Junta is hated by the people in the village where she lives, especially by the women, who suspect her of being a witch. Only she can climb the nearby mountains to a cave high up, whence a mysterious blue light glows when ... more »the moon is full. Many young men of the village have died trying to follow her. She is soon driven out of town, and takes to living in the mountains. Eventually, she shares the secret of the blue light with one man, and he betrays it. SPECIAL FEATURES: Chapter Selections, the original German version (79 min)with English subtitles, rare English silent version (52 min), Still Gallery, Dolby 2.0 audio.« less
"Leni Riefensthal's beauty is only surpassed by the beautiful use of set and locations (the Italian/Austrian Dolomites eastern region of the alps).
The script is perhaps too complex for the average modern audience, but only if you are forcing them to go back to their Freudian schooling. Otherwise it is the story of a beautiful, if not altogether timeless legend of young men being attracted to their doom (The Blue Light of the title) on full moon nights - when it seems only the outcast Junta (Leni) can achieve it unharmed.
This is one of those 'mountain films' that Germany specialized in. Being shot in 1932 (1 year before the Nazi's ascension to political power) it is also the genre at its purest form. Leni Riefenstahl shines at too many levels to be described at length here. But the whole aura of myth about the outcast does not seem to make of her an ideological artist(not a Nazi one at that in 1932, certainly), it does seem to make her a mastermind in dominating light and shadow.
It is only a pity that this film's superlative cinematography has been so poorly translated into the VHS edition. Hope I'm not being sacrilegious if I recommend the german VHS edition available also at amazon.de
In any case I'm awaiting the DVD possibilities in all countries interested in bringing to Amazing Light this early 1930s exquisite piece of cinema"
A magic film by a much misunderstood artist
Katjasomi | England | 06/09/1999
(5 out of 5 stars)
"I have been a fan of this film since I first saw it as a young girl in Germany in 1949. Much of its magic lies in the black-and-white medium and the fascinating use of "Gegenlichtaufnahmen" (shots taken against the light). This gives the film a mysterious quality. The film was shot entirely on location and contrary to a lot of stories none of the climbing scenes were staged in a studio nor were any doubles used. Leni Riefenstahl, originally a dancer, was forced to take a break in her career due to injury, and during this spell of inactivity she visited a cinema in Berlin which showed a film by and starring Luis Trenker, a wellknown German mountaineer and film actor. She fell instantly in love with the mountains she had never before visited and on the spur of the moment bought a ticket and went to see Trenker. Subsequently she learned to climb, and all scenes in this film have been climbed by her personally without any climbing aids of any sort. This information is contained in her book "Kampf in Schnee und Eis" which gives her early life story and which I have in my possession."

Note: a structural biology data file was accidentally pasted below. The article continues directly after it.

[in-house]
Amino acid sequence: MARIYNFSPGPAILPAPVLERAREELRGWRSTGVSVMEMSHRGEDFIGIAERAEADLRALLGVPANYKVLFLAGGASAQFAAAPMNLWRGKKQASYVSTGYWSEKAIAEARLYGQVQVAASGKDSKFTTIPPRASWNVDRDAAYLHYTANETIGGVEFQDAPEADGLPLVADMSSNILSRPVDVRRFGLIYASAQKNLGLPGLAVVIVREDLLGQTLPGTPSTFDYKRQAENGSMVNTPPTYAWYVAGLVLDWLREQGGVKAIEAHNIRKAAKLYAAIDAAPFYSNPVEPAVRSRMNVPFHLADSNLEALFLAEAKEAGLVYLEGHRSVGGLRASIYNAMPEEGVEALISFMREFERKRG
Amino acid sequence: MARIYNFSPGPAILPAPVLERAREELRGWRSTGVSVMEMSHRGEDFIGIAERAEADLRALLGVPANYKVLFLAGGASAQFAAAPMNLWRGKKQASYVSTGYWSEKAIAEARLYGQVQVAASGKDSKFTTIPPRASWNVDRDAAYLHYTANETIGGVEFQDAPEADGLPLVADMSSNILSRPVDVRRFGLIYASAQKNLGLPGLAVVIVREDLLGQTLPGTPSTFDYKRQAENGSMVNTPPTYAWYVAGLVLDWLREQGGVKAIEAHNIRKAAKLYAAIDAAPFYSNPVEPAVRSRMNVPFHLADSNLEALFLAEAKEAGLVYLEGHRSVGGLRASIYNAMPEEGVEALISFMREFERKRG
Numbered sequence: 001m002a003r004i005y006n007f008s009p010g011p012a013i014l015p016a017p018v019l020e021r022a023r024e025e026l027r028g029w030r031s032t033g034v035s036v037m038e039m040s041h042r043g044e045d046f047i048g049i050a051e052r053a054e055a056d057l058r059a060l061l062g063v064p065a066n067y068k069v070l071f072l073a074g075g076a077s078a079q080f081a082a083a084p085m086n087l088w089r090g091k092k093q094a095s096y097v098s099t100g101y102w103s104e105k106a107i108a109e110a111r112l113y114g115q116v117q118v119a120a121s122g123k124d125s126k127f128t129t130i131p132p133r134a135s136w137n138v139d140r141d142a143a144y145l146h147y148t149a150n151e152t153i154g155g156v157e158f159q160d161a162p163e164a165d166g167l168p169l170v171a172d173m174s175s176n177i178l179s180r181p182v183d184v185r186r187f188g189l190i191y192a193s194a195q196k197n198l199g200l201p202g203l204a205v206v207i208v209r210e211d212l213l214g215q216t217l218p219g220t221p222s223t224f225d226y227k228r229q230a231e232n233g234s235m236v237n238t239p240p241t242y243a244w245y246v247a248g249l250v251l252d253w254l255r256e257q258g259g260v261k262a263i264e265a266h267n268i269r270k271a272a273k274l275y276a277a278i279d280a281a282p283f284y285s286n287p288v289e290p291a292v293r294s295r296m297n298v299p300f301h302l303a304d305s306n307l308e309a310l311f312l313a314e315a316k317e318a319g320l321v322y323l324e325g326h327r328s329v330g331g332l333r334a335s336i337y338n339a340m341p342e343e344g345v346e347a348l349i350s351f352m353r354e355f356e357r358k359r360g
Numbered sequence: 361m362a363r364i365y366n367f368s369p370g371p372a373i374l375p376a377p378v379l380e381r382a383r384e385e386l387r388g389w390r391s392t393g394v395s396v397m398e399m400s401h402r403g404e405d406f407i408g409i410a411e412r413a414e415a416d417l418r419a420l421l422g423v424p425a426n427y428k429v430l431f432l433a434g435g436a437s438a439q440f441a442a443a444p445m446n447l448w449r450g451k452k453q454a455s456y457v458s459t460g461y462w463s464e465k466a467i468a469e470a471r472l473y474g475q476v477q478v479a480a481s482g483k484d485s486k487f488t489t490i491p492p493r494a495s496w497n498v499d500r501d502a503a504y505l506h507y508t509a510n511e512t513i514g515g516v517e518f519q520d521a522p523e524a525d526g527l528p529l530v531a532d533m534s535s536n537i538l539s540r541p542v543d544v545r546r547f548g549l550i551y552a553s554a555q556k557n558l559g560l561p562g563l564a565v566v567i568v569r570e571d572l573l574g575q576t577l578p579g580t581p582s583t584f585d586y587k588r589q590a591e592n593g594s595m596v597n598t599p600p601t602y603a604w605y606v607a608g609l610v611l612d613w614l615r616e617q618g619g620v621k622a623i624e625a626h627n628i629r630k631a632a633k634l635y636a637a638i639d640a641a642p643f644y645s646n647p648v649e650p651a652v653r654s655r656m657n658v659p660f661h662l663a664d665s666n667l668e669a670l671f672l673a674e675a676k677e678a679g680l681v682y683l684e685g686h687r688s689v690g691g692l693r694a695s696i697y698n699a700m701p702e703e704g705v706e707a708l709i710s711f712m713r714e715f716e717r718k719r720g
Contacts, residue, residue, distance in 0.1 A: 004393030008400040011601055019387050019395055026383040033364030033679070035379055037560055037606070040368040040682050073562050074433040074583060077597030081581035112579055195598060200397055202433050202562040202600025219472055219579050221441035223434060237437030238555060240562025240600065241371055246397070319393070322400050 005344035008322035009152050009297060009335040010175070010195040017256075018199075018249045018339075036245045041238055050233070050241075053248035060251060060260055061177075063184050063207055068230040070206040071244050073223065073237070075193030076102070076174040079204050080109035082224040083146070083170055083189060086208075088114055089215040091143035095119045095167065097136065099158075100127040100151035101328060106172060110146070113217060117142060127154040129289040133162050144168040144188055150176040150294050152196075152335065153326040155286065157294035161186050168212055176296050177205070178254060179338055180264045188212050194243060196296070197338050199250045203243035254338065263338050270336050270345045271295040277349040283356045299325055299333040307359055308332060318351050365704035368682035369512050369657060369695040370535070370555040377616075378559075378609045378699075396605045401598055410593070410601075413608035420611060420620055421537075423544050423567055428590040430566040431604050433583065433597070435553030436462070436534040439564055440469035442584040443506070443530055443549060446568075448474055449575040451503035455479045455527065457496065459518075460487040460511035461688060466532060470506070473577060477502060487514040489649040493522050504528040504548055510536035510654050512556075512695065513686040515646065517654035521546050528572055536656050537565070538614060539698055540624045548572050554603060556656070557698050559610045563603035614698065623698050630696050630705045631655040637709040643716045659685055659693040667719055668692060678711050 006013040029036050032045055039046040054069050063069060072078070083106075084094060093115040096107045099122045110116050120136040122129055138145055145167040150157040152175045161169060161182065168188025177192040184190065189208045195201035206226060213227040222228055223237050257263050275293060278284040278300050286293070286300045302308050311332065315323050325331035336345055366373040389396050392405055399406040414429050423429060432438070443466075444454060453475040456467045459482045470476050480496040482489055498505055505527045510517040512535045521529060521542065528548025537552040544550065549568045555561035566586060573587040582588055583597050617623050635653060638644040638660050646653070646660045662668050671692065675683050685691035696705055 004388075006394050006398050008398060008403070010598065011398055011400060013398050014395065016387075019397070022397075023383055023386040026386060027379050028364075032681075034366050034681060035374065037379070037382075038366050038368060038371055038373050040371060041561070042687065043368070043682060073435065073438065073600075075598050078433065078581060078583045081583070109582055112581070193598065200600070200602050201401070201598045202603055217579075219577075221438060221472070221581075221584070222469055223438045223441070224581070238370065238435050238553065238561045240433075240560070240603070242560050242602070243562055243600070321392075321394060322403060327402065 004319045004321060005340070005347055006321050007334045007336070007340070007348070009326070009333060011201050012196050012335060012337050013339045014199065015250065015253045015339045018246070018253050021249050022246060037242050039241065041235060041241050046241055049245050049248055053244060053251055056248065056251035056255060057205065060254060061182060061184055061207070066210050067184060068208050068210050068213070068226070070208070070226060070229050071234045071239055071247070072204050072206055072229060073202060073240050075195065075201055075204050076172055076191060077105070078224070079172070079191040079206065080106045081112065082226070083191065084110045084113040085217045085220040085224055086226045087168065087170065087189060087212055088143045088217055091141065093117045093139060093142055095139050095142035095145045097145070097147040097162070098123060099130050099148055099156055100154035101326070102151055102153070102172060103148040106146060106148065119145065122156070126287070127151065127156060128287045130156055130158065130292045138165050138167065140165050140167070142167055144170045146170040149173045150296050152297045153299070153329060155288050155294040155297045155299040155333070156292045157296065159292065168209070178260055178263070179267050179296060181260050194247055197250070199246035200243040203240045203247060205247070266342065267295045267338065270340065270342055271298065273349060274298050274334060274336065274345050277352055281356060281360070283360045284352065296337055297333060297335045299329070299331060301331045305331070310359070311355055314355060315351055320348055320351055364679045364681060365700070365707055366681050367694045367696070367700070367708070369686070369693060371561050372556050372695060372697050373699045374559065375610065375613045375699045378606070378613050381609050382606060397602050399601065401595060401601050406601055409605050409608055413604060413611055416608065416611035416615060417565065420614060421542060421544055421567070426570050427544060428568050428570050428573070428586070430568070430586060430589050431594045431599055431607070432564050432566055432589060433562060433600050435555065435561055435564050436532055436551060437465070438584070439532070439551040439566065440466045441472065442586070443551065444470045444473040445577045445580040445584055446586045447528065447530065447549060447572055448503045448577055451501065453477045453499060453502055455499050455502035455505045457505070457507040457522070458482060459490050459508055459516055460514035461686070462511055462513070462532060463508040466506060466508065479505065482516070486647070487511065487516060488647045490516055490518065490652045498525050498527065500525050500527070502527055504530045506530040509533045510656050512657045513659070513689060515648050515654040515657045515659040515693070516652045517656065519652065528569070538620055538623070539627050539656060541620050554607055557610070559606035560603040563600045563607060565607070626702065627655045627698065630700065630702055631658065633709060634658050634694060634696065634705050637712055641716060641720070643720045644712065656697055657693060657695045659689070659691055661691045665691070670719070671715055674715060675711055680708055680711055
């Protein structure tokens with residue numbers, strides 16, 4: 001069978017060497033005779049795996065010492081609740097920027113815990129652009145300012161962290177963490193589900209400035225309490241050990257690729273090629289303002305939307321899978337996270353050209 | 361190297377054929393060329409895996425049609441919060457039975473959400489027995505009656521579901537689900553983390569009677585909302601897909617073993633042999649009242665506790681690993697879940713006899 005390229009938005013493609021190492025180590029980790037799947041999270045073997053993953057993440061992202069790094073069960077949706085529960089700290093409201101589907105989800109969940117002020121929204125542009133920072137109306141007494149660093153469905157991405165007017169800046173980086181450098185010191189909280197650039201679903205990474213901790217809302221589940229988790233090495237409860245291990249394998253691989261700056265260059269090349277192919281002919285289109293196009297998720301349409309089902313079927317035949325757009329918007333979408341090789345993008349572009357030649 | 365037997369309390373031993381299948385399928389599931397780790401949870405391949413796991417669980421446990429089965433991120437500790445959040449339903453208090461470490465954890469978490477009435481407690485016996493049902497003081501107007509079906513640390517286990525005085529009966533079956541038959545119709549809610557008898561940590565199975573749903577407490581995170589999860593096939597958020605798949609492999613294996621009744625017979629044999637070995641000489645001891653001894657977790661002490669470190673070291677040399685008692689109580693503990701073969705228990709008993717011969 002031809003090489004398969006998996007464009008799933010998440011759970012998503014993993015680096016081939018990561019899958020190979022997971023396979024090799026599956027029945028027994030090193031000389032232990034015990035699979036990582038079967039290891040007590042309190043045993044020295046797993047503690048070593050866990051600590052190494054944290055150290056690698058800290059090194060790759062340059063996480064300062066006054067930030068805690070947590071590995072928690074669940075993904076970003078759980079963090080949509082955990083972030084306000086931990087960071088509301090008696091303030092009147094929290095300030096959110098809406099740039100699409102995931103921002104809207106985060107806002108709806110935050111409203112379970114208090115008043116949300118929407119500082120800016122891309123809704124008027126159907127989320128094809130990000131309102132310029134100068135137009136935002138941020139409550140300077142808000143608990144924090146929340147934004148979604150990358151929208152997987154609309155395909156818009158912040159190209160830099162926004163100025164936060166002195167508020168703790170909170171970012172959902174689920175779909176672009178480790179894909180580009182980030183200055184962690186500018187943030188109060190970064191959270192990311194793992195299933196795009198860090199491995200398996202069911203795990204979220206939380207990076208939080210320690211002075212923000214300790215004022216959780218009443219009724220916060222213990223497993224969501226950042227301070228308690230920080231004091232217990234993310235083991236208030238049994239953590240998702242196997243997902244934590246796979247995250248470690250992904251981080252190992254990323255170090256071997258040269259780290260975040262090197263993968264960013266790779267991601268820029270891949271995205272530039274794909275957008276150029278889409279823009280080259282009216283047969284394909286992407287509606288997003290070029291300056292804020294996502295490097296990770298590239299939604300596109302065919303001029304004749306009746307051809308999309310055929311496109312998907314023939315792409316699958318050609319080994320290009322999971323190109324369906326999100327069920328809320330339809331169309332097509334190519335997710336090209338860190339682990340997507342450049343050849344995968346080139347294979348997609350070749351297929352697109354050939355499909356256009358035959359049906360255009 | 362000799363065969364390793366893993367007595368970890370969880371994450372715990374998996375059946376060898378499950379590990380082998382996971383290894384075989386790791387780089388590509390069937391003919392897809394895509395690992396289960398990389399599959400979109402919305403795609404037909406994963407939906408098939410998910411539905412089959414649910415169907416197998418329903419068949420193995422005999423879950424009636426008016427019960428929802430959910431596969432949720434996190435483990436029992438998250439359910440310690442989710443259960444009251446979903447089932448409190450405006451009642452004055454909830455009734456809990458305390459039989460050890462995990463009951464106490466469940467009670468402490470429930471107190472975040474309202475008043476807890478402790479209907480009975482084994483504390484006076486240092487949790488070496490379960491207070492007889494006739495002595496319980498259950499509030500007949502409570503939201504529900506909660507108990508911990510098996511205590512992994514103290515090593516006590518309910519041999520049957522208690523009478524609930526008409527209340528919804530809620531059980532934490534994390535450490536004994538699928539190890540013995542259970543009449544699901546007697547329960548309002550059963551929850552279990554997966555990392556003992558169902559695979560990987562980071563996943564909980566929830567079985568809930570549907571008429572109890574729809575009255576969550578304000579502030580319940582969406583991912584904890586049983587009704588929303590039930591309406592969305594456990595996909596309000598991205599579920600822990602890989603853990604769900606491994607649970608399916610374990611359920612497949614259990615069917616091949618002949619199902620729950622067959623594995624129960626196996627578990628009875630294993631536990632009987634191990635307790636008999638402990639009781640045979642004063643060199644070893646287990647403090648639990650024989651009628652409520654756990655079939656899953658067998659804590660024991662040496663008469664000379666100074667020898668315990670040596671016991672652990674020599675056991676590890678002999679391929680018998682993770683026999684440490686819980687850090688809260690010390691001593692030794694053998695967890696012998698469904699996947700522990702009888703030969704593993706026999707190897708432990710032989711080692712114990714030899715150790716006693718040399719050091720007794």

For this bad copy one star, but five for the movie
Dr. Jekyll | Audubon, Pa. USA | 03/11/2000
(1 out of 5 stars)
"This copy is terrible, I have seen the excellent copies of this film and you can glimpse it on some film history tapes of Europe and on the wonderful terrible life.... Documentary video that is available. Don't buy this it will make you mad because of what has been done to it by timeless video at times the brightness blooms allows you to see nothing! Did timeless intentionally screw this great movie up or is this a bootleg from the thirties. I'm never buying anything from timeless again because of the poor standards of the company save your money wait for the version with great audio and video it's out there,this is junk!"
Save your money!
K. Morey | Mammoth Lakes, CA USA | 01/05/2000
(1 out of 5 stars)
"If I could give this a lower rating, I'd do it. The videotape I received was a hideously butchered version of what may once have been a remarkable film. If THIS version is the one that won the plaudits claimed for it, then those who gave the awards must have been blind and mad. The publisher, Timeless Video, Inc., further mutilated the film by tacking on a ridiculously inappropriate sound track, starting with tunes from the musical 'Gigi'! (This I could fix: I turned the sound all the way down.) Photos on the tape's dust jacket are NOT from this film, and the dust jacket looked nothing like the one Amazon shows for this item. Because of the film's butchered condition, the plot made almost no sense--successive scenes often seem unrelated. Much of the film is very hard to see due to light flares, scratches, etc. Certainly I'll be very wary of ordering any videos from this site again, and I'll definitely never order one published by Timeless Videos."
DVD is beautiful
T. Goad | 08/30/2007
(5 out of 5 stars)
"I'm disappointed that Amazon can't put the right reviews with the right movies. The ones I have read seem to be several years old and to refer to a public domain VHS copy. Well, I don't know about the VHS copy, but the DVD copy is beautiful and the movie is both moving and a masterpiece.
Mountain climbing films are not the greatest genre ever invented, but you owe it to yourself to see The Blue Light. If you want to make it a double feature, I would recommend: The White Hell of Pitz Palu, SOS Iceburg and/or from America, Erich Von Stroheim's Blind Husbands.